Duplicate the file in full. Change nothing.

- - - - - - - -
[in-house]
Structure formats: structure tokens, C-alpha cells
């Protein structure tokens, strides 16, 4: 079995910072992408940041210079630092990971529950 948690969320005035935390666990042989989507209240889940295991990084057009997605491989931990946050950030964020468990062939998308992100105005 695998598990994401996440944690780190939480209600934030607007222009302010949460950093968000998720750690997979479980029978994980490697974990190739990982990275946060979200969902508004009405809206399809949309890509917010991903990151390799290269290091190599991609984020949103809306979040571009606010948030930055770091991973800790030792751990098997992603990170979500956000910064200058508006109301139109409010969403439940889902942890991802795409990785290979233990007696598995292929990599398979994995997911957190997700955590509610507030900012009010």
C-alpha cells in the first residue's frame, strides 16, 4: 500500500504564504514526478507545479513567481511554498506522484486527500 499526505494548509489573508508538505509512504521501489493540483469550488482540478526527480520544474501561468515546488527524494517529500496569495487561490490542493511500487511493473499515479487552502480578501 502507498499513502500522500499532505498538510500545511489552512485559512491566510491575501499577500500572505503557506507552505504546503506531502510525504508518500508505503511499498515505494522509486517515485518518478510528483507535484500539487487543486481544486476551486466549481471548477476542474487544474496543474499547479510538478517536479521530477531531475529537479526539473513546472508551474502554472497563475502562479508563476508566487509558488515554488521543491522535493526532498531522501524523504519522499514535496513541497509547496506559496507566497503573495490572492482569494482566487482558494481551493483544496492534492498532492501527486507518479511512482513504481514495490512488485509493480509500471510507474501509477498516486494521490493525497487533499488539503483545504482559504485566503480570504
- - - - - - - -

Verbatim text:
[in-house]
Structure formats: structure tokens, C-alpha cells
């Protein structure tokens, strides 16, 4: 079995910072992408940041210079630092990971529950 948690969320005035935390666990042989989507209240889940295991990084057009997605491989931990946050950030964020468990062939998308992100105005 695998598990994401996440944690780190939480209600934030607007222009302010949460950093968000998720750690997979479980029978994980490697974990190739990982990275946060979200969902508004009405809206399809949309890509917010991903990151390799290269290091190599991609984020949103809306979040571009606010948030930055770091991973800790030792751990098997992603990170979500956000910064200058508006109301139109409010969403439940889902942890991802795409990785290979233990007696598995292929990599398979994995997911957190997700955590509610507030900012009010």
C-alpha cells in the first residue's frame, strides 16, 4: 500500500504564504514526478507545479513567481511554498506522484486527500 499526505494548509489573508508538505509512504521501489493540483469550488482540478526527480520544474501561468515546488527524494517529500496569495487561490490542493511500487511493473499515479487552502480578501 502507498499513502500522500499532505498538510500545511489552512485559512491566510491575501499577500500572505503557506507552505504546503506531502510525504508518500508505503511499498515505494522509486517515485518518478510528483507535484500539487487543486481544486476551486466549481471548477476542474487544474496543474499547479510538478517536479521530477531531475529537479526539473513546472508551474502554472497563475502562479508563476508566487509558488515554488521543491522535493526532498531522501524523504519522499514535496513541497509547496506559496507566497503573495490572492482569494482566487482558494481551493483544496492534492498532492501527486507518479511512482513504481514495490512488485509493480509500471510507474501509477498516486494521490493525497487533499488539503483545504482559504485566503480570504